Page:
In this article the author sites a cognitive approach called double-loop learning. In this mode you  question every aspect of your approach, including  methodology, biases and deeply held assumptions. This more psychologically nuanced self-examination requires that you honestly challenge your beliefs and summon the courage to act on that information, which may lead to fresh ways of thinking about your lives and your goals.

If you apply this to your teaching- question what you do- your approach, methods, bias, and assumptions- what happens?  Do you feel as unsettled as I do?  Do you find it exciting, challenging, and a strategy to work in new ways with children?  I know I have.  It’s hard to apply this to even small things in the classroom.  For example, what if instead of instructing the children to make a person with a heart shaped head for Valentine’s Day you sat down and talked with them about love.  If you spent time, listening to their thoughts about what love.  Asking them: How do you feel love?  Where does love live?  How do you show that you love someone?  Does everyone show love the same way?  Do you always love ? It seems to me that by questioning the approach to something like Valentine’s Day it leads to a deeper understanding and expression of love.  Don’t stop there, begin by questioning your approach to the daily life in the classroom.  I’d love to hear your thoughts!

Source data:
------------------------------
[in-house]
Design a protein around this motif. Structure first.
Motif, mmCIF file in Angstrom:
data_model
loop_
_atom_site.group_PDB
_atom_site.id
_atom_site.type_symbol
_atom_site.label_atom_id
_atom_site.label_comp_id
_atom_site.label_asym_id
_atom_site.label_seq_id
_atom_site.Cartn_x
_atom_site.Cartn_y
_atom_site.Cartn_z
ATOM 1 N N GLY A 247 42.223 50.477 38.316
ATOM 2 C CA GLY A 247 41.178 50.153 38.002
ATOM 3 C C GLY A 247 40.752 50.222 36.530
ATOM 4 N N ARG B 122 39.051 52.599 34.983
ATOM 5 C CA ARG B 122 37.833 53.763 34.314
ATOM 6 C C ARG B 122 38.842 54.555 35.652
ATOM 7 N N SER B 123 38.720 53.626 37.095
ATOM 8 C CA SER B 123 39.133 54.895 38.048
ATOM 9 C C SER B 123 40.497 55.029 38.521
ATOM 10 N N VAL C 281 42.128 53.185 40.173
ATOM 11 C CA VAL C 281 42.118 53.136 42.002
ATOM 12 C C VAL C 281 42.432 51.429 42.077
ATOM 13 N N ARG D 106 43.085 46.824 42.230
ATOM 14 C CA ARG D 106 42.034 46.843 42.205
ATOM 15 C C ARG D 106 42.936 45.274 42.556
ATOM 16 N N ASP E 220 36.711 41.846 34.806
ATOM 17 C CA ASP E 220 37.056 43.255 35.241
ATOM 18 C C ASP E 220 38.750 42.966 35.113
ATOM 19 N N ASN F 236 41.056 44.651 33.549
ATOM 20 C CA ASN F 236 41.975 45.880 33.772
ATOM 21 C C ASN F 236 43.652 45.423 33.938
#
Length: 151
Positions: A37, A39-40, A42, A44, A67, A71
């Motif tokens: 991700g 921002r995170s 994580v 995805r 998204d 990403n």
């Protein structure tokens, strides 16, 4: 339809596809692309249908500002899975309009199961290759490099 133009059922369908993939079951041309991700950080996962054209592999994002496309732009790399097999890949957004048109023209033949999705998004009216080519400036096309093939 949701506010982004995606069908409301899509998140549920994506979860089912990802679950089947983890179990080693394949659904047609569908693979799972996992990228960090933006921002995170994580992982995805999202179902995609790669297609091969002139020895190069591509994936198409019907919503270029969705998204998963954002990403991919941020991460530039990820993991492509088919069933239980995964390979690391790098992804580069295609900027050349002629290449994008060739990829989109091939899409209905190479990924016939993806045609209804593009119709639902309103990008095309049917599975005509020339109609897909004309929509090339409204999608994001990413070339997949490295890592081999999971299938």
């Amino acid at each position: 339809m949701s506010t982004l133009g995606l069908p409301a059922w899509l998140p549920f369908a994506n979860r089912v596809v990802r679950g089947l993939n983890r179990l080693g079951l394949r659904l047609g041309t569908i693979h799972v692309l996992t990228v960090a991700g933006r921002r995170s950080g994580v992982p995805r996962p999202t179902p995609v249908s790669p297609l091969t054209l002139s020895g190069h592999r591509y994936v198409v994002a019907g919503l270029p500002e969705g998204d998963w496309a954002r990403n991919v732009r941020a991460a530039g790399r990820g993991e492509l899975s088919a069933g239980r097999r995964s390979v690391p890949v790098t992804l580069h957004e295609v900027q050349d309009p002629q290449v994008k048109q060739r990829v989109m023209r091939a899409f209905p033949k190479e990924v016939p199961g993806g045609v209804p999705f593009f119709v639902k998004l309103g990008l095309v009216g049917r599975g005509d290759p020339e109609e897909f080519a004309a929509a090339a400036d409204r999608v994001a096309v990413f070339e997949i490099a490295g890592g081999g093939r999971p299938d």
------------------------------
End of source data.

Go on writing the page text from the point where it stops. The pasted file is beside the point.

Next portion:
Secret Ingredient for Success – NYTimes.com